With their “mainline” services practically no longer existing, the few DD16s inherited by the JR Group were repurposed for shunting within railway workshops, in particular JR Hokkaido’s Naebo works and JR East’s Omiya works.
JNR had already placed in service one DD16 unit (no.36) in service as an internal shunter for the Omiya works, wich was fitted in an all-over red livery. After the privatization, DD16-36 was joined by DD16-20, with the two serving togheter as the Omiya works’ shunters. Their livery was also frequently changed: DD16-20 had been seen wearing a blue, grey and white livery that followed the “pattern” as the JNR standard one (mirroring the blue livery of JR Freight’s refurbished diesel locomotives); a an all-over blue livery with white cabs and finally, an “Hokutosei”-like blue livery with golden lines. DD16-36 instead could be also seen in a livery essentially identical to the “Hokutosei”-like one of DD16-20 but with green instead of blue, this livery having been inspired by one of the short-lived “Dream Space” joyful train. However due to their age, both DD16s were later replaced in their duties by a pair of HTM270 tractors.
On JR Hokkaido’s side, the Naebo works used two DD16s as well, units DD16-26 and DD16-44. The first one was fitted in an all-over blue livery with a large “JR” logo on the sides of the “long hood” and a star on the sides of the cab (the star, or better the polar star is one of the symbols of Hokkaido), while DD16-44 was fitted in a white and blue livery with a yellow line. The two were later joined by DD16-48 wich was repainted in the “HET” (“Hokkaido Express Train”) livery of the KiHa 281 and 283 that the locomotive often had to move within the works. All three DD16s were later replaced by a single DE10, unit 1741 moved from Asashikawa depot (wich was also repainted in the same “HET”-like livery as DD16-48), as the naebo works’ internal shunters.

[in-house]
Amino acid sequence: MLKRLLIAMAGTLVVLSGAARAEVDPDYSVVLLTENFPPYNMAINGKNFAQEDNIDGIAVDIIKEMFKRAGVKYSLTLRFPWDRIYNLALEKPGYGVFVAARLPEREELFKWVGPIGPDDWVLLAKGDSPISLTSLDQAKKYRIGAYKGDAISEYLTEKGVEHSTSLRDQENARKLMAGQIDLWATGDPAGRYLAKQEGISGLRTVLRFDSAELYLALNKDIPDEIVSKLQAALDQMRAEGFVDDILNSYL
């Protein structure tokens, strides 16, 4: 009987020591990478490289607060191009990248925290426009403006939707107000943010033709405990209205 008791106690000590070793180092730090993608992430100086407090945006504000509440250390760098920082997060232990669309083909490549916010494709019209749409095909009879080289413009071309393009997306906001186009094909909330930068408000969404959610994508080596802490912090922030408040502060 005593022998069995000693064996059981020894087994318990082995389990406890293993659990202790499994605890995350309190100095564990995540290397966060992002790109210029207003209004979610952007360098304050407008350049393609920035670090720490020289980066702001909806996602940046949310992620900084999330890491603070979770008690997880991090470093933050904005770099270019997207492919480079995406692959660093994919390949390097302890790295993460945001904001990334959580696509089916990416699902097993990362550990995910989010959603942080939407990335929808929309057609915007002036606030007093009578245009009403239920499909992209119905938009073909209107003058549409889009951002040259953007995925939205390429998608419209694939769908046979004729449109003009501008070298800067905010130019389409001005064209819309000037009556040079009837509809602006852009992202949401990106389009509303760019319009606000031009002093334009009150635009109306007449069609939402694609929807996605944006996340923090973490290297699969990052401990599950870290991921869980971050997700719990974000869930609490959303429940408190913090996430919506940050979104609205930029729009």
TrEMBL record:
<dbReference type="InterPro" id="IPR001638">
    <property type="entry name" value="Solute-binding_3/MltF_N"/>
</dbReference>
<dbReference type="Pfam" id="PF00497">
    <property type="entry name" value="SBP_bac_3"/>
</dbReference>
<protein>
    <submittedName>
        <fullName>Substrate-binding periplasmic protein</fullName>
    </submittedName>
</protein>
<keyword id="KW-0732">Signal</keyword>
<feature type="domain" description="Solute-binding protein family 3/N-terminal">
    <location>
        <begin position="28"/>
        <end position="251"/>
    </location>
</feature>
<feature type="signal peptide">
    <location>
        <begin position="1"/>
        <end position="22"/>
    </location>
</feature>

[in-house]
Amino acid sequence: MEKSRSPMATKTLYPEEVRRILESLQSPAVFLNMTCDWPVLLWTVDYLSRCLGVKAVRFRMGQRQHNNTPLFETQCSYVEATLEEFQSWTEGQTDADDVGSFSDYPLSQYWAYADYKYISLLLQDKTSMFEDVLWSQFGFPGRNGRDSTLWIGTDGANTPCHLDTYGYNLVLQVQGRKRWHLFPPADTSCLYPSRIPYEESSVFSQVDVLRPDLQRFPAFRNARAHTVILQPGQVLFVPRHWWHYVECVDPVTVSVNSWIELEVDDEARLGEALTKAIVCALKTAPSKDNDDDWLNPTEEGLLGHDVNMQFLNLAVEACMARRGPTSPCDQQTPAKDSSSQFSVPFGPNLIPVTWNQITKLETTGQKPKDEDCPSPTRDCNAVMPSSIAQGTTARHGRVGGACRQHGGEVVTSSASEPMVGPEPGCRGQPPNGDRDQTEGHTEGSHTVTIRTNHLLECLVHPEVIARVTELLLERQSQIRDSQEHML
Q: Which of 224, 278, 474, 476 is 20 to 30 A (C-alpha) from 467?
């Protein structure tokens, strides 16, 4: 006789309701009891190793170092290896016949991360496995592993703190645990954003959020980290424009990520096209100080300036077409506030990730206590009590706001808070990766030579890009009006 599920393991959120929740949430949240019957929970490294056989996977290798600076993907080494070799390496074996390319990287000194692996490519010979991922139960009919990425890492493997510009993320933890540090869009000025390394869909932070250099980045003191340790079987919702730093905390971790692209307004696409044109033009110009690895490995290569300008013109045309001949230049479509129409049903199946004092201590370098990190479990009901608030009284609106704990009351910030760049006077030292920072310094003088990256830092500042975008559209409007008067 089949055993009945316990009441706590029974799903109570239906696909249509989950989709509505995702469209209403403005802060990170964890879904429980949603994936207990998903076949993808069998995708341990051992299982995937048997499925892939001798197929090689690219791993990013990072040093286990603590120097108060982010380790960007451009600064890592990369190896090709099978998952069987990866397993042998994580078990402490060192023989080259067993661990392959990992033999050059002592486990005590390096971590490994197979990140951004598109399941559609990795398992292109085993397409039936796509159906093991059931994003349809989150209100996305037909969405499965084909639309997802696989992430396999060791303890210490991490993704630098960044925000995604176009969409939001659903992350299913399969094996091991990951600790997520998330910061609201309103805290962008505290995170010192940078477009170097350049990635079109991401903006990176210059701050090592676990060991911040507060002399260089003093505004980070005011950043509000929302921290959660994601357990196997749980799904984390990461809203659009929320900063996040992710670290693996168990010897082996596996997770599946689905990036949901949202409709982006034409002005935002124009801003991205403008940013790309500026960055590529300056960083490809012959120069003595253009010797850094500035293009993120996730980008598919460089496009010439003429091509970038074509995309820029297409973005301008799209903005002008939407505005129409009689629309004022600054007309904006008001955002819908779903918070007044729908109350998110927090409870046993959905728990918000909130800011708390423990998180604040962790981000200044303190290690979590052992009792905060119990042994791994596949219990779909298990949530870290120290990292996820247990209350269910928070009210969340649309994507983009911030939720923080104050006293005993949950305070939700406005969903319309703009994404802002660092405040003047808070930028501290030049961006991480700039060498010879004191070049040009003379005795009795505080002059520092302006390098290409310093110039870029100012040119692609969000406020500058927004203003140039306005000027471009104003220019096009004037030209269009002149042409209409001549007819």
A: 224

The two JR Kyushu units were used as “works shunters” as well, running within the company’s Kokura Works, but without any “special” liveries – both kept their standard JNR-era livery until their retirement. Finally, JR West’s three DD16-300 units remained in service as snowplough locomotives until their replacement with more modern “self-contained” snowplough units.
As of today, only one DD16 unit remains operable: DD16-11, wich is owned by JR East. It’s usage is very sparce, as it is intended to haul special trains on non-electrified lines.